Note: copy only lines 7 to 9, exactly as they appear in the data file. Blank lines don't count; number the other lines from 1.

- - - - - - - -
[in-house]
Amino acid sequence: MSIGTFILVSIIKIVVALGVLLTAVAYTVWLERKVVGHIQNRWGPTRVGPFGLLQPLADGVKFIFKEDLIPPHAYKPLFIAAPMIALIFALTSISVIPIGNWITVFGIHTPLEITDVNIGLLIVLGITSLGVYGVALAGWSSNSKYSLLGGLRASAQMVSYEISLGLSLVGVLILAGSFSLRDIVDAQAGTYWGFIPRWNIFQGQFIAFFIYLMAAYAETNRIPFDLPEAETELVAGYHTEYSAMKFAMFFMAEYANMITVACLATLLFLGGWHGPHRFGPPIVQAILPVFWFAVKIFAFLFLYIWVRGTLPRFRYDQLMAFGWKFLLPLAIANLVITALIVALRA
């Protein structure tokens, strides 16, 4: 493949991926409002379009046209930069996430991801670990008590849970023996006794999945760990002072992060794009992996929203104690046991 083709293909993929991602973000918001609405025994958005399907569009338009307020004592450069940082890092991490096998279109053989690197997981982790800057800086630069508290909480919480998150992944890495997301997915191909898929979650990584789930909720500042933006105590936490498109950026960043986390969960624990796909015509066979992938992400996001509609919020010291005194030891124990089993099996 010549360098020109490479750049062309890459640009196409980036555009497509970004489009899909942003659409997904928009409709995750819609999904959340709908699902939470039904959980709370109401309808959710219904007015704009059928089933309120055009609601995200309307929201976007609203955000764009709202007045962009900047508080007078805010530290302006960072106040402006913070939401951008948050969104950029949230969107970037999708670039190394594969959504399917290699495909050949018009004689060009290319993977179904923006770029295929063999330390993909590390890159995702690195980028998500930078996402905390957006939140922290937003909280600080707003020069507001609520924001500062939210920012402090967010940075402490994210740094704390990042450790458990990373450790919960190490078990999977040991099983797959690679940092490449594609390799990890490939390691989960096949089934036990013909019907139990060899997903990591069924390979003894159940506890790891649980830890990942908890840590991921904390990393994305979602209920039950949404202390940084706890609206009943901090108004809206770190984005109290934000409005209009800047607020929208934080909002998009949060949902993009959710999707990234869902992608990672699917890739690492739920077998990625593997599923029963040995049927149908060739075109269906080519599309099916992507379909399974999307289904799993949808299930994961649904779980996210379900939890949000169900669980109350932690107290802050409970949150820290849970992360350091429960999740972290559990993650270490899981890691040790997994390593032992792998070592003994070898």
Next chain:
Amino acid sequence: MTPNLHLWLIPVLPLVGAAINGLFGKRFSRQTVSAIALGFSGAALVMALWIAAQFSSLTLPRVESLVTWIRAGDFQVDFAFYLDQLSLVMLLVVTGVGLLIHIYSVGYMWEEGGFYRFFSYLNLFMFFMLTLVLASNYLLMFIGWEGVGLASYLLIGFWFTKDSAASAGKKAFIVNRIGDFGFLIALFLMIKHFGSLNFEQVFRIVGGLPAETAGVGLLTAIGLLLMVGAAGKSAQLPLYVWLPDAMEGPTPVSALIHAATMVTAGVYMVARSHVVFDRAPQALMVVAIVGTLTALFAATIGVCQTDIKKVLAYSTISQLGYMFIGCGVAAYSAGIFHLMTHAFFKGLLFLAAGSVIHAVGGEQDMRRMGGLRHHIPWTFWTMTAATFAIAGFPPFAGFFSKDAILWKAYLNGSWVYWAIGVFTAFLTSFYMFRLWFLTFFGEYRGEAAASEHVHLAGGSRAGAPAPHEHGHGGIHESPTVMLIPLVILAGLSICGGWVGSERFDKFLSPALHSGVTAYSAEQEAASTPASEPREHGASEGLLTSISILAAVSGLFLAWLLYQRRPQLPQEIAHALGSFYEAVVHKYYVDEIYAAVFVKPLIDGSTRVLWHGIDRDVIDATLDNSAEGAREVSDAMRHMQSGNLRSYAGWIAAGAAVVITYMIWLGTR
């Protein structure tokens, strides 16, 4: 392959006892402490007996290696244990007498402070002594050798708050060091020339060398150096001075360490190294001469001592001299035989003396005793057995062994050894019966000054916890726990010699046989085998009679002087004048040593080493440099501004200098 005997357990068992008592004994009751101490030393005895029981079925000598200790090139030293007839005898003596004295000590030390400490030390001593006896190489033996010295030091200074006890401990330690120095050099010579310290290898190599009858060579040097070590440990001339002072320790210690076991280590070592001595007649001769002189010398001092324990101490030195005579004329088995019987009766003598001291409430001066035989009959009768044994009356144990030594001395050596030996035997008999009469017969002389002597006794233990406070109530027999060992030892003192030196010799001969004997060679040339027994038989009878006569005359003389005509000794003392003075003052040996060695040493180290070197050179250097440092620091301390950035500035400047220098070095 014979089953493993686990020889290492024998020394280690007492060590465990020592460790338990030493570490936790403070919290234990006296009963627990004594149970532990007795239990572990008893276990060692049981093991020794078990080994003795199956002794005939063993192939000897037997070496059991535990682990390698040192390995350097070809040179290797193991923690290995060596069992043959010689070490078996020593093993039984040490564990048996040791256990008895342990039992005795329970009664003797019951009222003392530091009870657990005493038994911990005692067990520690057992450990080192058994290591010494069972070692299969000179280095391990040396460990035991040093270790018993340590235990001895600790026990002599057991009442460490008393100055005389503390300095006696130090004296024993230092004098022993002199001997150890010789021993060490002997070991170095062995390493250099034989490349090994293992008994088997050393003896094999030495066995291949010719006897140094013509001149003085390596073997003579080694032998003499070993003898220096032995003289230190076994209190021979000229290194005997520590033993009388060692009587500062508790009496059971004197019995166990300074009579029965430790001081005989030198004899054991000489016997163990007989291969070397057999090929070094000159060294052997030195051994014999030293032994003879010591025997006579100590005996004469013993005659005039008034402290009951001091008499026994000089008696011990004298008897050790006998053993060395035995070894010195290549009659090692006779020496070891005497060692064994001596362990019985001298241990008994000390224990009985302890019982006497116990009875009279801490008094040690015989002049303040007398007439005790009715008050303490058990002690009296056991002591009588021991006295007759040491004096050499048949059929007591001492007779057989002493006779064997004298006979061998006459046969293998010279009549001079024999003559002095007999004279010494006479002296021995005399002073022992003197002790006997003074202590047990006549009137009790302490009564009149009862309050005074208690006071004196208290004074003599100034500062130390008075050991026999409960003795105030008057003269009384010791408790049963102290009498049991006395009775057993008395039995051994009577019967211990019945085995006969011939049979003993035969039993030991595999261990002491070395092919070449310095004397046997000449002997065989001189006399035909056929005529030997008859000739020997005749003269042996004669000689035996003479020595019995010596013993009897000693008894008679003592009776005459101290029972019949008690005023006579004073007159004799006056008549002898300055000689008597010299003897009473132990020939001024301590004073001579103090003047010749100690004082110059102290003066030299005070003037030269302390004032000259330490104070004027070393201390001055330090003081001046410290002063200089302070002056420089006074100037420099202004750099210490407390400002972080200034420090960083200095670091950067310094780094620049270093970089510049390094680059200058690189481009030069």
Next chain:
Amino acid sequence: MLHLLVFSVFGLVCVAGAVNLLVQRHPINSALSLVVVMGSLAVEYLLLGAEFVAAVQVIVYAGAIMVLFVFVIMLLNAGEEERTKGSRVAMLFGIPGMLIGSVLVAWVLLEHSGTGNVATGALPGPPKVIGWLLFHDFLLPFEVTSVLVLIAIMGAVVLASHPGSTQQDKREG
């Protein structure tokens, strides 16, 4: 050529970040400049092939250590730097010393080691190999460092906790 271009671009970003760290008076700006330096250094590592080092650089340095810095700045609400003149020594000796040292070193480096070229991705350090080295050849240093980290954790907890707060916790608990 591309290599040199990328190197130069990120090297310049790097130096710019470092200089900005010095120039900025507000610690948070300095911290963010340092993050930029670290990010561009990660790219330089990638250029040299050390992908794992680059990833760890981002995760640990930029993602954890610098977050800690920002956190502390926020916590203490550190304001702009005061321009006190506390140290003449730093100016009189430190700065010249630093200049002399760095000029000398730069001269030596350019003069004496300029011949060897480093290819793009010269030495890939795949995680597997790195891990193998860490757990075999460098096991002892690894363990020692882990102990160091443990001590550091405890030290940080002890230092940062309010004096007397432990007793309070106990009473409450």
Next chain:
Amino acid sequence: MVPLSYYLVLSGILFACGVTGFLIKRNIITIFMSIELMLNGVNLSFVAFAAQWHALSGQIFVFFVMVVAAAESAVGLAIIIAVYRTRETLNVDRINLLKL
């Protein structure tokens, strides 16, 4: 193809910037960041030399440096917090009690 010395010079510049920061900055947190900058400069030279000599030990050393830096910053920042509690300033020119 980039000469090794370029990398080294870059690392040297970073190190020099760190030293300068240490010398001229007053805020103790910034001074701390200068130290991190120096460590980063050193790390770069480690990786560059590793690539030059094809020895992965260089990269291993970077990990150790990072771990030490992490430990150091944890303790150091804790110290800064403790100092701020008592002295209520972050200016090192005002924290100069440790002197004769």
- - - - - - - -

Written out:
Next chain:
Amino acid sequence: MLHLLVFSVFGLVCVAGAVNLLVQRHPINSALSLVVVMGSLAVEYLLLGAEFVAAVQVIVYAGAIMVLFVFVIMLLNAGEEERTKGSRVAMLFGIPGMLIGSVLVAWVLLEHSGTGNVATGALPGPPKVIGWLLFHDFLLPFEVTSVLVLIAIMGAVVLASHPGSTQQDKREG
């Protein structure tokens, strides 16, 4: 050529970040400049092939250590730097010393080691190999460092906790 271009671009970003760290008076700006330096250094590592080092650089340095810095700045609400003149020594000796040292070193480096070229991705350090080295050849240093980290954790907890707060916790608990 591309290599040199990328190197130069990120090297310049790097130096710019470092200089900005010095120039900025507000610690948070300095911290963010340092993050930029670290990010561009990660790219330089990638250029040299050390992908794992680059990833760890981002995760640990930029993602954890610098977050800690920002956190502390926020916590203490550190304001702009005061321009006190506390140290003449730093100016009189430190700065010249630093200049002399760095000029000398730069001269030596350019003069004496300029011949060897480093290819793009010269030495890939795949995680597997790195891990193998860490757990075999460098096991002892690894363990020692882990102990160091443990001590550091405890030290940080002890230092940062309010004096007397432990007793309070106990009473409450």